Some of you might be wondering, if it's going to be three years before we're able to bring our child home, why would we name him now? That's a great question, and a question that I really do love answering because it helps our friends and family see a little deeper into our lives and our approach to this whole adoption journey.
When it comes to adoption, there's little that we can control. We can fill out the paperwork, read the books, schedule the meetings, and gather information, but there's not much we can do outside of those things....other than PRAY.
Since the beginning of December when we submitted our application to the Ethiopia adoption program at Lifeline, I've been on my knees in prayer more than I have in a LONG time. I pray for everything I can think of that would ever have anything to do with our son. It became very apparent very quickly that we needed something tangible, something more than the idea of a person, to pray for. So we began picking out a name.
Picking a middle name was easy. We picked a middle name for our future son when we were dating. We knew that we wanted to adopt a son someday, and we decided that whenever we did, the middle name would be after Jason's dad. Jason's dad's name is James. Good strong name, right? We thought so too.
James all but legally adopted Jason when he was in middle school. Jason's bio-father wasn't really a part of Jason's life. Because of that, Jason didn't really have a man to look up to and to model his life after until his mom met James and they got married. They weren't married very long, but even so, James got a son out of the deal and Jason got a dad. I don't know all of the details about the short-lived marriage, but in my opinion, it was all for Jason to get a dad and James to get a son. God has this thing rigged.
Even though James and Jason's mom weren't married anymore, James remained a huge part of Jason's life. He helped Jason move into college, came to visit him, and did all the things that dads do for their sons...even after James got remarried. To us, James is Jason's dad. DNA doesn't matter, a legal document of adoption doesn't matter (in this case), for all purposes, James is Jason's dad. Because of this act of adoption, we wanted our adopted son to be named after him.
Last summer for Jason's birthday, we met his dad and his wife at their lake house in North Carolina on Saylor Lake. After a few nights spent sitting out on the bank of Saylor Lake, we heard stories from James and Nancy about how this was their happy place. It was the place they've been coming to each year since they were married to escape the hustle and bustle of life. They're semiretired, so they get to do that :) We heard how this is the place where God has worked in the quite and simplicity that is preserved there among a world of chaos and noise. As Jason and I laid in bed one night on Saylor Lake, I told him that I thought our adopted son's middle name should be Saylor. From then on, it seemed like a perfect fit.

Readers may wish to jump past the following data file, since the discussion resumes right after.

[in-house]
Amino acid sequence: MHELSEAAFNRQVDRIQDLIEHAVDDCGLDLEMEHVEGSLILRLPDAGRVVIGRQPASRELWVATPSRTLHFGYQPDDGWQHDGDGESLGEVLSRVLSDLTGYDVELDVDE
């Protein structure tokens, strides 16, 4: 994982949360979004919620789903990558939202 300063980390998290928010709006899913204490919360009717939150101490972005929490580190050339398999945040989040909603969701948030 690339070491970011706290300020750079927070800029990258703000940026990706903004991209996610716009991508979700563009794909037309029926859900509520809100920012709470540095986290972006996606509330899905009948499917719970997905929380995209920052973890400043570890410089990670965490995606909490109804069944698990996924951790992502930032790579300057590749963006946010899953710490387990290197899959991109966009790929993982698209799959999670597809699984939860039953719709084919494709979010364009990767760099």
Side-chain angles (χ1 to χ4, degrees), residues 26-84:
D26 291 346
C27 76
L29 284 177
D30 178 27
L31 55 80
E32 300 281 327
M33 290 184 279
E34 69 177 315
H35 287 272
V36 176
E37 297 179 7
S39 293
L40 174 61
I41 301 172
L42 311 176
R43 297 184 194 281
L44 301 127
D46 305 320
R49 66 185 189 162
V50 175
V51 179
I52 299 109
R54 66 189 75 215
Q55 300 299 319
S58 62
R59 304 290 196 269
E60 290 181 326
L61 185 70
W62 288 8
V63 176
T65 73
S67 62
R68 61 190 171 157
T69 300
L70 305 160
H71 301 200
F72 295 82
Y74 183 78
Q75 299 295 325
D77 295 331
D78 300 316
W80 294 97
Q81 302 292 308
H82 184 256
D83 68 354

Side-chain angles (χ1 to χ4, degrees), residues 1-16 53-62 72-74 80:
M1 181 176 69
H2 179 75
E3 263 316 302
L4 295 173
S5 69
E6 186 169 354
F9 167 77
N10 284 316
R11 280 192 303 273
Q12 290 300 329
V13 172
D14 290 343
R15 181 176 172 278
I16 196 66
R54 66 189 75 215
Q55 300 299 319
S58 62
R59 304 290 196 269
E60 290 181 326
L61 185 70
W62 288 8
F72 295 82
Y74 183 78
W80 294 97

Like many couples, we'd picked out a first name for a boy and a girl a long time ago. When we began the adoption process though, we just couldn't settle on the boy first name we'd picked to be his name. It just didn't fit. It didn't have enough meaning for all that we're doing.
One Sunday morning in December, I told Jason that we had to pick a name. I was praying for this person who probably didn't even exist yet and I needed something tangible, I needed a name to speak, a name to call this little person we already were growing to love. In my spare time, I'd be looking up names and keeping a list of them. Then I was looking up their meanings, and making note of those too.
That morning, Jason and I went through the list that I liked and we narrowed it down to about 5. Then we looked at babynames.com at the top 100 names for boys. So we had about 10 names. Finally, I just looked at Jason and said, "You know, I really like the name Judah. I just have really liked it for a long time and I like the meaning of it." We stopped, and said the full name out loud - Judah Saylor Morales - and we didn't look for another name.
Judah means "praised". After we decided on the name, I went to Genesis to read the story of when Leah has Judah, her fourth son by Jacob. It's such a beautiful story, I had to include it in this post.
It was perfect. I've always been worried that I'd be one of those moms who'd pick an awesome name, but doesn't think about the initials and they end up being weird, or their name rhymes or something (like Alice Morales). Thankfully, his name doesn't rhyme, AND he'll have the same initials as me, so it's sure bet that we'll be fine in the monogram department.
Another question we've been asked in regards to his name is if we thought we should wait to name him until we see him, so that the name can fit what he looks like or his personality.
Well our answer to that is the same as any expectant parent. Just as some people might wait to see their biological baby and hold them in their arms before they name them, adoptive parents have the same choice. We can choose to name them before we meet him or see a picture of him, or name them after, just depending on what is right for us. As I said, Jason and I wanted someone we could pray for by name, and we are so excited about that!
In the adoption process, we're trying to find as many parallels as we can to a pregnancy, even though it's over a much longer period of time. In so many ways, adopting is different than having a biological child, but the love for the child that we haven't yet met is very much the same.
Thanks for reading our story about how we named our son, Judah Saylor, and I hope you come back to read more of our adoption updates. Please continue to pray for our family as we walk forward in this process.